When we moved to a home that was above 8500 feet back in 1997, we decided to buy a good treadmill so there was no reason I would ever have to miss workouts due to cold, ice, darkness, etc in the wintertime. We ended up buying a Precor C964, which at the time was the top of the line commercial treadmill that Precor made. It requires a dedicated 220 outlet (or as I like to tell people when talking about my lack of electrical knowledge “220, 221, whatever it takes”). It goes up to 15 MPH (4:00 pace) and goes from -3.0 percent to +15.0 percent incline. We have well over 10,000 miles on it now and it should last us forever. I’ve run up to 26.2 miles on it, but I typically use it for my hard workouts and when I’m hurt and need to run up a gradual hill.
Obviously running on a treadmill can be boring, but if you mainly use it for hard workouts, you’ll be hurting too much to get bored. Here are a few of my favorite workouts to do on a treadmill.
1. Cut down run. This is my all time favorite workout to do on the treadmill because it is hard to do accurately out doors. It is also a good one to do when you need to run hard but don’t feel like it. Because you gradually speed up, you may find that you can still get a good run in even when you feel like slacking off. You will need to experiment with the particulars, but basically I start running at my normal easy pace, and speed up 0.1 MPH each quarter mile. If I can’t speed up anymore but still need to go for more time, I just back it off to my tempo run pace and finish up that way.
2. Cut down run, hill version. Same concept, but instead of speeding up, I keep the pace the same but increase the incline.
3. Minute on/Minute off. This is a variation of the famous Oregon Univ 30/40 workout in which they would run as many laps as possible with alternating 200s of 30 seconds and 40 seconds. Alberto Salazar has the all-time record with over 20 laps of this protocol. For mine, I use an “on” pace that is faster than my tempo run pace, and an “off” pace that is around 50K pace, and try to do 20 minutes of it. To make this harder, I do all speeding up and slowing down on my “off” minute so I’m always running the full minute at the fast pace and a bit less than a minute at the slower pace.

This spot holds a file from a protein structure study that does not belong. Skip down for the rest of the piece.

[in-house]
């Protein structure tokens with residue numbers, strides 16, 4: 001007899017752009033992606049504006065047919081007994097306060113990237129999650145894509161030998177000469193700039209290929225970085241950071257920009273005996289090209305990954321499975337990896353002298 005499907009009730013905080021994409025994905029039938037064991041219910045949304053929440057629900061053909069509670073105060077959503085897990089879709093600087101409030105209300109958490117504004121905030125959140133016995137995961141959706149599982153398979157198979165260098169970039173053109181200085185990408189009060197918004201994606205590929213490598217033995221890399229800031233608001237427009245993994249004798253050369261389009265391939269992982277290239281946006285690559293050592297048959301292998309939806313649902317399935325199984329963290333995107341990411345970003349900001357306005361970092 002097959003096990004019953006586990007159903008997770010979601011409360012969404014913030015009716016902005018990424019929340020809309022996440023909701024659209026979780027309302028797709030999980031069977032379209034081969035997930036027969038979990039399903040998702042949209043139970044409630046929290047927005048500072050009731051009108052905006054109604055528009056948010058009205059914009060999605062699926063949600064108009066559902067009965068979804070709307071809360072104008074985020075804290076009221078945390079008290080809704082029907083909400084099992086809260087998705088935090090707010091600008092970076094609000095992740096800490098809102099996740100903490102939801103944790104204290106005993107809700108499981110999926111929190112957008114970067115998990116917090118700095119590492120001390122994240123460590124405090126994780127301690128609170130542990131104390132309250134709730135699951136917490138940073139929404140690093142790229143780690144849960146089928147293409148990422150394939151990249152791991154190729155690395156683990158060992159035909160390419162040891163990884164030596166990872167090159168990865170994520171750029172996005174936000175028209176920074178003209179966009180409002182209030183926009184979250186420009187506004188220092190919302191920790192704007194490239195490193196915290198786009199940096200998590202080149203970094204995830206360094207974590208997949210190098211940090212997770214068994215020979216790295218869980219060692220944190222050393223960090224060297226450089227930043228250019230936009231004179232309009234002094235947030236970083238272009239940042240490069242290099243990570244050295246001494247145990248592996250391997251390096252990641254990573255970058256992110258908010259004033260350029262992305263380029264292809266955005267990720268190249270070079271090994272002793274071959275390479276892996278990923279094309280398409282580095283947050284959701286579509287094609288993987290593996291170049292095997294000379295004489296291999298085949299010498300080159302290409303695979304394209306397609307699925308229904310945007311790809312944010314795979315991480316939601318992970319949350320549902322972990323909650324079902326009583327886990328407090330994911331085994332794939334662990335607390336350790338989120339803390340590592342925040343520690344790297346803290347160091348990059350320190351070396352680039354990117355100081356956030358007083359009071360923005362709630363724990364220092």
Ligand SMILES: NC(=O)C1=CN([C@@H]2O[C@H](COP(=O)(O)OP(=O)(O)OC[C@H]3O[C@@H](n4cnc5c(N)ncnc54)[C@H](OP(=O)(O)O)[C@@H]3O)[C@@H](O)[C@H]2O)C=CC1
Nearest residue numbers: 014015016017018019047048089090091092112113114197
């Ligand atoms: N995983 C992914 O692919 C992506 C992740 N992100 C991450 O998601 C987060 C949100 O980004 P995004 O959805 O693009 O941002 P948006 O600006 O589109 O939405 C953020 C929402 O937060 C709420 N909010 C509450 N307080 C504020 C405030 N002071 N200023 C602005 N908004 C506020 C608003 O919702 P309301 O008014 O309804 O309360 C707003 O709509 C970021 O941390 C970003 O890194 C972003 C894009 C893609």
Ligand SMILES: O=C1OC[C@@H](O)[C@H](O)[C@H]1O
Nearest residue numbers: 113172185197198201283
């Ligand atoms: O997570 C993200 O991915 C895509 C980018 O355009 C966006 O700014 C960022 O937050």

4. Medium long/fast run. I think doing runs that are long and fast are too hard and risky, particularly at altitude, so instead I do 15 mile runs in which I basically run at my normal easy pace, but mix in five 5:00 surges that are somewhere between tempo run pace and marathon pace.
5. Tempo run. Run 4 miles (or whatever distance takes you about 20-25 minutes) at approximately One Hour Race Pace.
1. Wearing a HR monitor and running at the same speed, see how low you can get your HR. Concentrate on easy, relaxed form.
2. Count strides – the higher the cadence the better (do it with the HR monitor also to see how it affects HR). Your stride rate should be the same regardless of how fast or slow you are running. Stride length should be the variable rather than cadence. Strive for 175 or higher (that is 175 total foot strikes per minute).
3. Practice drinking/eating w/o slowing down. Especially important for faster racing like a marathon.
4. Before Matt Carpenter’s successful foray into Ultras, he experimented with running with a handheld and with a camelback to see which was most efficient (again using a HR monitor).
Calibrating your TM
If you are going to do hard workouts on a TM, you need to know how accurate it is. If you are using a treadmill at the gym, this may be impossible but if you have one at home, you should do this every year or so. We’ve had ours for over 10 years and it has always been dead on, but each time we move I like to check it to be sure. Note that you can’t make an inaccurate TM accurate. But, if you know that it is off by x amount, you can take that into account when running your workouts.
1. Put a piece of white tape on one edge of the belt..
2. Measure the length of the belt from the mark all the way around. You'll have to turn the belt
by hand to get the complete loop. Mine is 139.0 inches.
3. Figure out how many miles that is: 139 inches divided by 12 = 11.5833333333 feet. And divided by 5280 feet per mile, my belt is 0.002193813131313 miles in length.
Next we’ll compare the distance INDICATED by the treadmill panel with the actual distance the belt travels. For this, you should do the test at a typical speed you run. If the calibration is off, you can then repeat at a few other speeds to see if the error is linear or not.
4. For my example, I’m using 7.6 MPH (7:53 pace) shown on my panel.
5. Get the treadmill up to speed, and count the number of revolutions needed to go 0.25 miles. You may need somebody to help you watch both the panel readout and the tape mark. Repeat this step twice, and if the numbers are different, do it a third time and get the average.
6. For my treadmill, it took 114 revolutions to show 0.25 miles on the display.
7. So the actual mileage was 114 revolutions of the belt x 0.0021938131313 per revolution, or 0.250095 miles. The indicated mileage on the panel was 0.25. So, dividing 0.250095 by 0.25, I find that I am running 0.038% further than my treadmill’s panel shows. For my purposes, that means my treadmill is dead on accurate, but if yours is off by more than a percent, you may want to take that error into account when working out.